The merging will only occur when the feature branch is final. The number of long-lived feature branches requires more collaboration. This requirement is mainly due to its increased risk of producing a different source code from the trunk branch.

Benefits of Trunk-Based Development for Teams and Organizations

Team working on development
Image by Annie Spratt on Unsplash

With TBD, developers can collaborate in real-time, share code quickly, and easily roll back to previous versions. The benefits of TBD are vast – it simplifies the process of developing complex systems while ensuring code quality and reducing time-to-market.

Here are its benefits in detail.

Faster integration of new features

Traditional branching and merging methods often take weeks to integrate changes from different branches. In trunk-based development, developers work on the same codebase simultaneously, allowing them to deliver new functionality faster.

With faster integration, developers can respond faster to changes in market demands and consumer needs. It's also critical in streaming the development process. They can fix bugs and test more efficiently, allowing developers to reduce the time and resources needed for development. Overall, it improved efficiency and productivity.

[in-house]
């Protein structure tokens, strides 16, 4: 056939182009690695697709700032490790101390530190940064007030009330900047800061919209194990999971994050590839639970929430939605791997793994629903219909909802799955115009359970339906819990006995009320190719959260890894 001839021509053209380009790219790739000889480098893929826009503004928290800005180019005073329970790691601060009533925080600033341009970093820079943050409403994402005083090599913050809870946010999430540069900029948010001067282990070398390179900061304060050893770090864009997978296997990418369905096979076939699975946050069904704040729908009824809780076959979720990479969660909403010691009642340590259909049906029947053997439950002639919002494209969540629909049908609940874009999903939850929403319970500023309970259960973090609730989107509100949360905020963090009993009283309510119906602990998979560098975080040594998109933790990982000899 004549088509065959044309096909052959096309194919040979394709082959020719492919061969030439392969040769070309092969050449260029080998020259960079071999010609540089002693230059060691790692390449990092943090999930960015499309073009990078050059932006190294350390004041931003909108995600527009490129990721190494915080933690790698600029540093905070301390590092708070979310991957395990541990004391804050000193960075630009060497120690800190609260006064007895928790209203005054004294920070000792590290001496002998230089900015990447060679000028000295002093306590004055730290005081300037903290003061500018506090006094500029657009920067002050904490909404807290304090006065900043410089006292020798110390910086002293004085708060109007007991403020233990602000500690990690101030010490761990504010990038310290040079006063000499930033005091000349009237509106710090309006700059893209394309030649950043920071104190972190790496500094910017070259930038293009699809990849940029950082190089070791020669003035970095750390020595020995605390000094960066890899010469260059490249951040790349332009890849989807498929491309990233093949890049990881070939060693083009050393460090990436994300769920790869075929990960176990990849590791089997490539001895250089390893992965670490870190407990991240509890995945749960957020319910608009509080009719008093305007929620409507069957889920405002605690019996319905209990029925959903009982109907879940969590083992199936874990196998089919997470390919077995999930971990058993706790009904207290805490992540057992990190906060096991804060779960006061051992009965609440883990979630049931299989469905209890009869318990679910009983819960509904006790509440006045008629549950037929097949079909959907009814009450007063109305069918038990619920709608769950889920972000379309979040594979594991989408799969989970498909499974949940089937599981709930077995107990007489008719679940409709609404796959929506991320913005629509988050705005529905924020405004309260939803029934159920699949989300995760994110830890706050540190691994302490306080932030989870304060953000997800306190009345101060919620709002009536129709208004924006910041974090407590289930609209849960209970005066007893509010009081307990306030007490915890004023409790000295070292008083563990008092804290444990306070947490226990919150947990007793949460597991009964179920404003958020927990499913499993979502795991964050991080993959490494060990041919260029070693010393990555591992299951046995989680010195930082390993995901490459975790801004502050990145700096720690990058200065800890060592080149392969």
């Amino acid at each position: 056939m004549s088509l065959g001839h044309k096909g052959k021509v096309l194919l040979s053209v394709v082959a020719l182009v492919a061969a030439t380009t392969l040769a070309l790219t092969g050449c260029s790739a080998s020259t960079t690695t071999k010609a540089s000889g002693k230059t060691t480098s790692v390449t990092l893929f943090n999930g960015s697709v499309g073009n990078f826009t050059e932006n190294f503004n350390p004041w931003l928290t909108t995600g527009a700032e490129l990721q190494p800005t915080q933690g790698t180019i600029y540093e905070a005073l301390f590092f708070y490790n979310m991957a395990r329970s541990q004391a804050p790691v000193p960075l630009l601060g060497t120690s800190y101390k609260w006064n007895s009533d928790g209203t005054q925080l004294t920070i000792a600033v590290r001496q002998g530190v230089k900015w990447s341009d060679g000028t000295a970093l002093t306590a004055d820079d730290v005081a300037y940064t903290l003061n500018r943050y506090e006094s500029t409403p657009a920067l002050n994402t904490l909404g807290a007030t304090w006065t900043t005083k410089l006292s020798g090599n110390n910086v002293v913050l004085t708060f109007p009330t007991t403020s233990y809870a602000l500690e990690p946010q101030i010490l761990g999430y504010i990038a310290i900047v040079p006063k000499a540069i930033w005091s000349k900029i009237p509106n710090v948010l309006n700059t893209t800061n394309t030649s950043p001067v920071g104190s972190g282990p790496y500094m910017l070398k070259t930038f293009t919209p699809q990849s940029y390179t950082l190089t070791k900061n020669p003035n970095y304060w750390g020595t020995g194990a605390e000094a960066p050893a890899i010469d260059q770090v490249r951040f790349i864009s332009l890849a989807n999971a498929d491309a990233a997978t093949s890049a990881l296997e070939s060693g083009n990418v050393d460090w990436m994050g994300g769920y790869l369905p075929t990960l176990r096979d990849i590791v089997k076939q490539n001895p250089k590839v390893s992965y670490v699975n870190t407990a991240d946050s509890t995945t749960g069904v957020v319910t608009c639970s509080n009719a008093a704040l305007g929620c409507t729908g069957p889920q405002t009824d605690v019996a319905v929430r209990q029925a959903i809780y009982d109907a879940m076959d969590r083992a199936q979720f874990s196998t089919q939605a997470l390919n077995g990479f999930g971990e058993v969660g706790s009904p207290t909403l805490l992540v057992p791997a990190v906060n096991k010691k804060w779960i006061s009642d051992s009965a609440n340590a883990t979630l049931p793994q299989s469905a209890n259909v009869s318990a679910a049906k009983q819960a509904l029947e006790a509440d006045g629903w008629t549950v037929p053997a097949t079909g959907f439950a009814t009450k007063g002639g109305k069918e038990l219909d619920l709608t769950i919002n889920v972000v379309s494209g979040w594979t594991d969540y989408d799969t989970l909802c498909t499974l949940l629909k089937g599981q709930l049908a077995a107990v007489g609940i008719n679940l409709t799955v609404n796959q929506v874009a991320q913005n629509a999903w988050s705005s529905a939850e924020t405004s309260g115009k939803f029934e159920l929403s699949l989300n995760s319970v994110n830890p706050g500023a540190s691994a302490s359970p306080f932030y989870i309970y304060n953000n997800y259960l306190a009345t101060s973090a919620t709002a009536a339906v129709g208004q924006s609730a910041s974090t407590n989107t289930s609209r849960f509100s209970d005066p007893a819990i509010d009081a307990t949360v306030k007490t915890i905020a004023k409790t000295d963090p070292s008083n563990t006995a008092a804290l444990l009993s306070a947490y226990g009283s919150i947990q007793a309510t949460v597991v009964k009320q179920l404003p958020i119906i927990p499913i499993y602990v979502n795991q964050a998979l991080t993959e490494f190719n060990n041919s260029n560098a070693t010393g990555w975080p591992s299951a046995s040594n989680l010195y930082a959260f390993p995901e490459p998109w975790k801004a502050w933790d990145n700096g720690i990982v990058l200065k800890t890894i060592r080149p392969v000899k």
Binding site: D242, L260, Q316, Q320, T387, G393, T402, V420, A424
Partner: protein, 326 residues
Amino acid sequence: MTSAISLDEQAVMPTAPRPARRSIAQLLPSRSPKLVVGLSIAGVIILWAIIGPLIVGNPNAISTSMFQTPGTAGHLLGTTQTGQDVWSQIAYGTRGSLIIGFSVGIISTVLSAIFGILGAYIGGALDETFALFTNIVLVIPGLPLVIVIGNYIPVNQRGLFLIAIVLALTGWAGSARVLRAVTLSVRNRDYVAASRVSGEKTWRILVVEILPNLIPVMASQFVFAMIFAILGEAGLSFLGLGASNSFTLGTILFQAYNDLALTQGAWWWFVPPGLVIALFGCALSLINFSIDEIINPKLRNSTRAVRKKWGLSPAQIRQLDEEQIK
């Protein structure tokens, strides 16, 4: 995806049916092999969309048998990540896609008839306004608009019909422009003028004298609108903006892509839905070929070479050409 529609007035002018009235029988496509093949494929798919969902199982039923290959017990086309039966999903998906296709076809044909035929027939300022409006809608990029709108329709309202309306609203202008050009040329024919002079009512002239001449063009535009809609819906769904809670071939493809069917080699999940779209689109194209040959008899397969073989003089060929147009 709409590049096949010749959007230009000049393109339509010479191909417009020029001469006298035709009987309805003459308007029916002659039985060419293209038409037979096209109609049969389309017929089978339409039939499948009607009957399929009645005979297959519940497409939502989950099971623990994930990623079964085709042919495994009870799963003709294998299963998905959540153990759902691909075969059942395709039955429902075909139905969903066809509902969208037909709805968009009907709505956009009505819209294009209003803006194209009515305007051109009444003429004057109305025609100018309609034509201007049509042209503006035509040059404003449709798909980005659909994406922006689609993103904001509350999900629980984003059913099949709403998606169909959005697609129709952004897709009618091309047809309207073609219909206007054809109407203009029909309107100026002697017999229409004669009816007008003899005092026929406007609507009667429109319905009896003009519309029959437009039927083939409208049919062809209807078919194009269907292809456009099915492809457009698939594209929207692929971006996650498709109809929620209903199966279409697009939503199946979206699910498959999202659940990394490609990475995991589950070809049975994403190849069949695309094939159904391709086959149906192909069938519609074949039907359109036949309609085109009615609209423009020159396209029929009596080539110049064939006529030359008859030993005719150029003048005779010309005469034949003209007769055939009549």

Efficient bug fixes

Since developers conduct integration in the main branch in real-time, they can readily test these changes with real-world simulation. This allows them to identify bugs and apply a hotfix, particularly for high-priority bugs that require immediate correction.

Developers should do bug fixes before product development and release. Software bugs significantly impact product quality, usability, and reliability. Software bugs can sometimes lead to security breaches or data loss.

Trunk-based development can save time and money. Most team members will spend around 30 to 50 percent of their time fixing bugs. Most of the time, some even have 16 engineers working to fix bugs. That's why solving these bugs during the design phase rather than the production stage is more cost-efficient.

One example is the blue screen of death (BSOD) errors following the Microsoft Windows 10 update (KB5000802) release last March 2021. The update should fix several security vulnerabilities in the operating system. However, it caused issues for some users, including performance problems, crashes, and BSOD errors.